WHY IT’S NOTEWORTHY
The Monteleone Hotel dominates the 200 block of Royal Street, the entrance hallway of the French Quarter. It was old-fashioned and dowdy for a long time, but in recent years its prominence has risen enormously. Criollo (pronounced “kree-OH-low,” not the Spanish way) is the hotel’s most successful modernization yet. This is a comfortable, handsome restaurant with a casual service style, but menus that reach from the most familiar local dishes to some very ambitious cooking.
As the name implies, the kitchen keeps its targets well within the range of local flavors. At lunchtime, you can start with a cup of turtle soup or gumbo, then have a poor boy or a plate of red beans. Or take the other fork and love the seared pompano with capers and brown butter, or the pork osso buco. And an elegant dessert. The concepts are a mix of the familiar and the creative, with the expected fine ingredients of today’s upscale dining room.
After a century of operating just-passable restaurants in its lobby, the Monteleone Hotel ripped them all out in 2011 and started over, from the floor plan outward to (and through) the walls. Replacing the dreary cafe and the dark, lonely Hunt Room, Criollo is now the hotel’s sole eatery, serving all three meals every day. It’s the latest development in a decade-long program of improvements instigated by Ron Pincus, the most accomplished hotel manager in New Orleans history.
The most dramatic change was the opening of large windows in what had been blank walls. That brightened things up and added dimension. A mix of standard tables and booths plus a bar that doubles as a breakfast counter add texture to the room. The best tables are those nearest the open kitchen, where chefs are always working at a calm pace. On the other end is an entrance into the well-known Carousel Bar.
Shrimp, crab & avocado salad, spicy tomato coulis
Barbecue shrimp & boudin, hedgehog mushrooms, corn, field peas
»Crabmeat mirliton salad, crystal tapioca
Seared foie gras, candied stone fruit
New Orleans turtle soup
»Artichoke & Camembert bisque
»Forager salad (lettuce, beets, quail egg, watermelon radish, Humboldt Fog blue cheese)
Creole tomato & buratta mozzarella, prosciutto
»Criollo Cobb salad
Shellfish panzanella (grilled shrimp & scallops, French bread salad, heirloom tomatoes, olives
Shrimp Caesar salad
»Grilled cobia (lemonfish), black-eye pea succotash,
»Shrimp and scallop courtbouillon pasta
Herb marinated chicken paillard, arugula, jicama, roasted peppers
»»Pompano Grenobloise (potato cubes, capers, grilled lemon)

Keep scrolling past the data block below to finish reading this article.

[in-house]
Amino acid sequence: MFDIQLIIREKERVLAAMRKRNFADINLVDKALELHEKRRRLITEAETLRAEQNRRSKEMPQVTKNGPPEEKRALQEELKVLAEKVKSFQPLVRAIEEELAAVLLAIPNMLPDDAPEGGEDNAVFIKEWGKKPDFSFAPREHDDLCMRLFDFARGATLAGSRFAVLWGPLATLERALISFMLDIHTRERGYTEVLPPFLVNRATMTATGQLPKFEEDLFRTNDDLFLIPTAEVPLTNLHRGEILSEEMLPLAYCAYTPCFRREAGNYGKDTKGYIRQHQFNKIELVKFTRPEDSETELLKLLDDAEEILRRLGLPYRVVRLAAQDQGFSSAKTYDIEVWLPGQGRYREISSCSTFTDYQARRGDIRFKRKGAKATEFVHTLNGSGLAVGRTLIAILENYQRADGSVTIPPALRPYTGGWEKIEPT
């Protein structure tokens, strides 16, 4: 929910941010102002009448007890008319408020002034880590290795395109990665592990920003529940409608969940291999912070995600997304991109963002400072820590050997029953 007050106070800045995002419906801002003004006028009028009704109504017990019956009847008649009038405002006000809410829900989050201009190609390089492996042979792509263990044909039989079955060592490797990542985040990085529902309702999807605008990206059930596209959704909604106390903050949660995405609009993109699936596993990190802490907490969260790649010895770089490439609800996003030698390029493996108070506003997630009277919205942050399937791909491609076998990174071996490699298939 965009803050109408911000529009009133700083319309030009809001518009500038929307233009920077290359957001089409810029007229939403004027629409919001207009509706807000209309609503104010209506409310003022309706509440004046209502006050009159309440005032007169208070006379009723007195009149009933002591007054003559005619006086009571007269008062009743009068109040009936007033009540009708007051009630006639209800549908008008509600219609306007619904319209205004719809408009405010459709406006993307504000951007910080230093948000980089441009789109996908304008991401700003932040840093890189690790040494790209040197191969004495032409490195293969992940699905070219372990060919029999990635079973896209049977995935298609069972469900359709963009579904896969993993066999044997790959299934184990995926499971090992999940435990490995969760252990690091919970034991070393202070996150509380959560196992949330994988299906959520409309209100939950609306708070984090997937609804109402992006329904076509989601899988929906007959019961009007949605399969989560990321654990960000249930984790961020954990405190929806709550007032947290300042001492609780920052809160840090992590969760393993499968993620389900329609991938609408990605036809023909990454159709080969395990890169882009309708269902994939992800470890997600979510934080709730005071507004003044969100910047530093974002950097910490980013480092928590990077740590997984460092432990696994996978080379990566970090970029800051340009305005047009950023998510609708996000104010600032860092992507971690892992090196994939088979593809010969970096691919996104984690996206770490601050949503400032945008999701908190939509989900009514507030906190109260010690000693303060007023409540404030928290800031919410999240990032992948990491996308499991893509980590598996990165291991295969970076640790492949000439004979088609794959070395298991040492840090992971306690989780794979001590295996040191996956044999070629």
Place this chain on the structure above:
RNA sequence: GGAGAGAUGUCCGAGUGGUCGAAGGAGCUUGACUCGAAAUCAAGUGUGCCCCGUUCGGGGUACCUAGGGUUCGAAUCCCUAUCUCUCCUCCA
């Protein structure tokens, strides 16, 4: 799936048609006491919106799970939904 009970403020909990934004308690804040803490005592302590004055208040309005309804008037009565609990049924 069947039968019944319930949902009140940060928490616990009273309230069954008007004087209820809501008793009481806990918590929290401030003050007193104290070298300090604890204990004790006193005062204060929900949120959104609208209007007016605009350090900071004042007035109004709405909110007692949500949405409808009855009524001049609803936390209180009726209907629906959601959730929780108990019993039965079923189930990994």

»Soft shell crab belle meuniere
Pan roasted swordfish
»»Pork osso buco, pomegranate barbecue sauce, white cheddar mac & cheese
»Grilled lemonfish sandwich, apple-fennel slaw
Fried shrimp or oyster poor boy
Shrimp beignet BLT, remoulade
Roasted vegetable & mozzarella baguette
»Snapper, lump crab, orange-fennel slaw, ancho-lime butter
Pan roasted swordfish, saffron & asparagus risotto, coconut crustacean sauce
»Grilled grouper, butter poached shrimp, asparagus, citrus beurre blanc
Muscovy duck breast, clementines, sun-dried cherries, wild rice
»Grilled veal chop, potato souffle, whiskey-morel sauce
Cane marinated pork tenderloin, sweet potato-chorizo hash, apple-tamarind chipotle sauce
Porcini crusted beef filet, truffle butter, oxtail ragout
»Pecan speckled trout, pancetta, herb roasted tomato, lemon-brown butter
»Grilled pompano du jour
»»Mille-feuille of fresh berries
FOR BEST RESULTS
Criollo keeps a inventory of seafood deeper than most restaurants, making that the better side of the menu. The desserts are beautiful and luscious–not to be missed.
OPPORTUNITIES FOR IMPROVEMENT
This turtle soup recipe must be a holdover from the old days. Time to rework the formula. Servers as very friendly, but the personnel at the host stand could use more polish.
FACTORS OTHER THAN FOOD
Up to three points, positive or negative, for these characteristics. Absence of points denotes average performance in the matter.
- Dining Environment +2
- Consistency +1
- Attitude +2
- Wine & Bar +1
- Hipness +1
- Local Color +2
- Good for business meetings
- Open Sunday lunch and dinner
- Open Monday lunch and dinner
- Open all holidays
- Good for children
- Free valet parking
- Reservations honored promptly
ANECDOTES AND ANALYSIS
About two years ago I ran into Monteleone Hotel general manager Ron Pincus at Parkway Poor Boys. He told me that he was in the last stages of pulling together the budget for a major change in the hotel’s superannuated, dull restaurants. Knowing Pincus’s track record (particularly his years at the Royal Orleans, during that hotel’s heyday) I expected something good to come out of this. The result was Criollo, the best new hotel restaurant to open in a very long time. It is much better than I anticipated. Better get a reservation. It’s not like the empty old days here.